The Two Towers: Bored of the Rings

From The CRPG Addict

The Ringbearer hasn’t left the same perilous countryside since the game began.
Lord of the Rings, Vol. II simply doesn’t work. I’m sorry to have reached that conclusion. I had enjoyed the first game well enough and had been looking forward to the sequel, even though I knew there would be no Vol. III. Now I feel that if Interplay was going to leave fans hanging, they should have left them hanging after Vol. I instead of proceeding with this lackluster title.
The yanking around from party to party got worse–laughably worse–after the last session. I began this session with Frodo and Sam, and I’d barely done more than wander through the marsh for five minutes and fight one battle with some orcs, when the game decided it was time to switch the action to Edoras. There, Aragorn et. al. did nothing more than approach the gates of the city before we were off to check in on Merry and Pippin. Then, for some reason, those two had an absurdly long session, ignoring several obvious transition points, culminating in the destruction of Isengard by the Ents. It feels like their story is over before Frodo even got near the Black Gate.
One of my three parties now has nothing to do but wait.
But the problems with Vol. II run much deeper than that. It’s core problem is that it is satisfying neither as a Lord of the Rings game nor a standard RPG. If you were a fan of the original books, I can’t imagine that you’d find this game a good representation. The characters are mute and bereft of any personality. Epic moments are rendered in banal, bloodless manual text or on-screen exposition. The little side quests that the developers threw in to lengthen the plot and make it more like a standard RPG simply slow down and confuse the main story.
Even worse–and I don’t often criticize games on these grounds–the graphics fail to evoke any sense of the kind of awe and wonder you should feel when exploring Middle Earth, running up against its most famous landmarks, and meeting its most famous denizens. I wasn’t one of them, but I can imagine a Lord of the Rings fan, having read the book umpteen times, conceiving in his imagination “the green shoulders of the hills” and the “wide wind-swept walls and the gates of Edoras.” Let’s recall how Tolkien describes the Black Gate:
This was Cirith Gorgor, the Haunted Pass, the entrance to the land of the Enemy. High cliffs lowered upon either side, and thrust forward from its mouth were two sheer hills, black-boned and bare. Upon them stood the Teeth of Mordor, two towers strong and tall. In days long past they were built by the Men of Gondor in their pride and power, after the overthrow of Sauron and his flight, lest he should seek to return to his old realm. But the strength of Gondor failed, and men slept, and for long years the towers stood empty. Then Sauron returned. Now the watch-towers, which had fallen into decay, were repaired, and filled with arms, and garrisoned with ceaseless vigilance. Stony-faced they were, with dark window-holes staring north and east and west, and each window was full of sleepless eyes.

Across the mouth of the pass, from cliff to cliff, the Dark Lord had built a rampart of stone. In it there was a single gate of iron, and upon its battlement sentinels paced unceasingly. Beneath the hills on either side the rock was bored into a hundred caves and maggot-holes: there a host of orcs lurked, ready at a signal to issue forth like black ants going to war. None could pass the Teeth of Mordor and not feel their bite, unless they were summoned by Sauron, or knew the secret passwords that would open the Morannon, the black gate of his land.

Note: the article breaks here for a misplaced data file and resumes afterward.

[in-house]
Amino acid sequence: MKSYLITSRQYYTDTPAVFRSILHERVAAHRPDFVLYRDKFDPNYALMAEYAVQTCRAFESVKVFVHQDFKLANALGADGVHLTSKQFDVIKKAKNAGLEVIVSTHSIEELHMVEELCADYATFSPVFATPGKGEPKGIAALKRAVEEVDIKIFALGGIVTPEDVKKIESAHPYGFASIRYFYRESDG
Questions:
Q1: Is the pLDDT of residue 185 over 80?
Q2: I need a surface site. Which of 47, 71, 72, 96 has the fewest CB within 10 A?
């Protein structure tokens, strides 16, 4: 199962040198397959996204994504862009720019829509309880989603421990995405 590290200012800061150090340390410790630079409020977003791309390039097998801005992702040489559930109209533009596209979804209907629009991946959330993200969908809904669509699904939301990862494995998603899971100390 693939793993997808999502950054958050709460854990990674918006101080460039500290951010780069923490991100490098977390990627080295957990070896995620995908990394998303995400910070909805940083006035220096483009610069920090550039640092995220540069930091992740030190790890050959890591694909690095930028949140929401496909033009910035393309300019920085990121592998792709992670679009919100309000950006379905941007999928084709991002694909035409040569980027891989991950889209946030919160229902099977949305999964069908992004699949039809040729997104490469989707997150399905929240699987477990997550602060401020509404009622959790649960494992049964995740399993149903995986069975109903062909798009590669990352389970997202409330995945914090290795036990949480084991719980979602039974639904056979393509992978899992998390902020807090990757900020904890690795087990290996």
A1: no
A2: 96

Even I, as a non-fan, have to admit that this is pretty powerful stuff. And here is the Black Gate in-game:
One of the two Teeth. There’s a mirror about one screen to the east.
Say what you want about the recent Shadow of Mordor/Shadow of War series, but at least they did (in my opinion) graphical justice to the setting. Here, no matter what Tolkien intended, the architectural style favored by the game for just about every building is “aluminum airplane hangar.” The setting’s most fearsome foes and most majestic allies are impressive in neither icon nor portrait. 
Every building looks like the same temporary shelter with no door.
As an RPG, meanwhile, the game fails in almost every category. Character development occurs solely at plot intervals and is remarkably impalpable. The skills system, by which characters can actively use certain skills and attributes, goes back to Wasteland but is ill-used here. Among the individuals in each party, you never lack the necessary skill, and it’s always perfectly obvious where to use it. It might as well have happened automatically. The basic equipment list is unexciting, and the combat system–by which you select “attack” and choose from a list of indistinguishable foes–is even less so.
The game’s relatively boring inventory system.
Many of these problems were present in Vol. I, too, so you will naturally wonder how I can justify giving that game a relatively high score and a positive review. To be fair, I did levy some of the same criticisms about how the game fared as an RPG, but beyond that . . . I don’t know . . . the game just somehow felt fresher. I recognized that it wasn’t perfect, but it was doing something new and original and I was more willing to give it a chance. I expected the developers to have learned some lessons between Vol. I and Vol. II and thus have corrected some of the engine’s weaknesses. If anything, they went backwards.
The lack of cut scenes is a particular blow. The first game had some original artwork at set intervals that served to keep the characters’ personalities embedded in your mind, and that kept you on track with the source material. (The remake replaced this artwork with scenes from the Ralph Bakshi film, which I liked less, but was still better than nothing.) The fall of Isengard ought to command more than a single paragraph of exposition next to a couple of goofy little icons that are supposed to be Ents.
Feeling as I do, I was going to try to push through to the end of the game for this entry, but I didn’t quite make it. Perhaps I didn’t even come close–I have no idea how this game is going to stretch and warp the book’s events. I’ll recap the progress of the characters, but to avoid exposing you to the same constantly-jarring changes in perspective that I experienced, I’ll just relate each group in turn.
Frodo, Sam, Gollum, and Gilglin started at the edge of the Dead Marshes, essentially where they’d started the game 7 hours prior. They’d had the vampire interlude and were looking for something called the “star ruby” before making their way to (or past) the Black Gate. Gollum warned us not to follow the lights in the marsh (I wonder what would have happened if we’d never enlisted him).
“Do not follow the lights. They lead to . . . [hiss] . . . Cleveland.”